U.S. Forces Korea is lowering its Health Protection Condition to Bravo across the entire peninsula, due to “low numbers of confirmed COVID-19 cases within the greater Seoul metropolitan area.”
HPCON Bravo means that the risk is moderate and there has been an increase in community transmissions — down from HPCON Charlie which stipulates the risk is substantial and there has been sustained community transmission, according to the Department of Defense.
Even so, USFK said that USFK-affiliated personnel are not permitted to visit any bars, clubs and other adults-only establishments as it enters HPCON Bravo. Likewise, USFK said it may ramp back up to HPCON Charlie if necessary.
USFK had moved to HPCON Bravo for Areas I, III, IV and the Yongsan and Seongnam districts within Area II back in September. But the new order applies peninsula-wide and takes effect on Monday.
“The continued hard-work and diligence of the ROK government, KDCA and local communities to contain the spread of the COVID-19 virus has been remarkable,” USFK Commander Army Gen. Robert Abrams said in a recent news release. “The threat of COVID-19 still exists. Our community has been a vital role in preventing the spread of the virus, and we must remain vigilant in maintaining social distancing and wearing a mask when out in the local community.”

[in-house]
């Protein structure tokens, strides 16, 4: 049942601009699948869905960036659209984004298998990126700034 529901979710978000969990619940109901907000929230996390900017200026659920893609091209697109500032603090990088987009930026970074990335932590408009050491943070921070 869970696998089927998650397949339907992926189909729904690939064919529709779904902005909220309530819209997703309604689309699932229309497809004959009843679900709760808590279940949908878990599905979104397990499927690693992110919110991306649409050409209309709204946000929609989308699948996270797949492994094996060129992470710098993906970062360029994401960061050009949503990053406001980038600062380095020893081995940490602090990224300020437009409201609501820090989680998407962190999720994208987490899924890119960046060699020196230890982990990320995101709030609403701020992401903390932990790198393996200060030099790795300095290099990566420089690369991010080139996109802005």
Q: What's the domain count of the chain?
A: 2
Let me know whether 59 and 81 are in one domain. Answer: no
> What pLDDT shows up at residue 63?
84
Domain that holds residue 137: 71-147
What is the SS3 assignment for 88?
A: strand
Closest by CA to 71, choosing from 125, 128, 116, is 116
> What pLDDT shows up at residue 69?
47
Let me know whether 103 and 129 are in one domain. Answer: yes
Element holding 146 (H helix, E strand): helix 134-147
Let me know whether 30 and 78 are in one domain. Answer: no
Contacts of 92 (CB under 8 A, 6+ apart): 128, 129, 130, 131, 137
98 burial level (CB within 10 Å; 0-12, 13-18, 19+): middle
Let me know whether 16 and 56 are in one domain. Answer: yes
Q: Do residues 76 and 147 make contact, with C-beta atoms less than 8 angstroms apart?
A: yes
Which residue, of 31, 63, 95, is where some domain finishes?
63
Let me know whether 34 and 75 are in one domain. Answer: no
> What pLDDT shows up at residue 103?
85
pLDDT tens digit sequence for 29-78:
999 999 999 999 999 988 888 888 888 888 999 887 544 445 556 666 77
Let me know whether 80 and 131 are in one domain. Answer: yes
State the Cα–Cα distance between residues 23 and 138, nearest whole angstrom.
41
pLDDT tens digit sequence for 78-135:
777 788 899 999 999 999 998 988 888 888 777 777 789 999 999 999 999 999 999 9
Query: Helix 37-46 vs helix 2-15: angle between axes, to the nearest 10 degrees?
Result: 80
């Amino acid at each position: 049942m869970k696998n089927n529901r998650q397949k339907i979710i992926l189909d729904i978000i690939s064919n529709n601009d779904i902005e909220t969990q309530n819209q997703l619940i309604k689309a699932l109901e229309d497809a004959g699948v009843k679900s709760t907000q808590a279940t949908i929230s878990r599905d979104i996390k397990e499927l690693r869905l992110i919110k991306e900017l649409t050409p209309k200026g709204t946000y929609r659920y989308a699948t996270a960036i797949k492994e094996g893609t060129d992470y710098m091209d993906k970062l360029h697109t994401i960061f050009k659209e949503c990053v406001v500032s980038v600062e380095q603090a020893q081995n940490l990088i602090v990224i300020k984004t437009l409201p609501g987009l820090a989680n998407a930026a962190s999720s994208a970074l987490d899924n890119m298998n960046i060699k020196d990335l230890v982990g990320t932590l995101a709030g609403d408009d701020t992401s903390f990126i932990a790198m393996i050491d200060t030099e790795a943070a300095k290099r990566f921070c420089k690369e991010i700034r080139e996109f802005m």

USFK has had a handful of cases among service members who have arrived in South Korea from the U.S. Between Sept. 25 and Oct. 12, a total of 24 service members who arrived in South Korea tested positive for COVID-19 either initially or after taking another test after an isolation period.
“USFK’s #1 priority remains the protection of the force,” Abrams said. “We must balance the overall health, safety and protection of the force with mission accomplishment.”
Meanwhile, Abrams is now in quarantine for the next two weeks after returning to South Korea from the U.S.
“I am just following the same protocol that everyone coming from CONUS must follow when they arrive in Korea—test on arrival and then mandatory 14 day quarantine,” Abrams tweeted early Friday.
The results of his first COVID-19 test came back negative, he said. But in keeping with USFK policy, he must receive a subsequent negative test before being released from quarantine.
A USFK soldier stationed at Camp Carroll was the first U.S. service member to test positive for COVID-19 back in February. The 23-year-old soldier was declared virus-free after 49 days in isolation in April.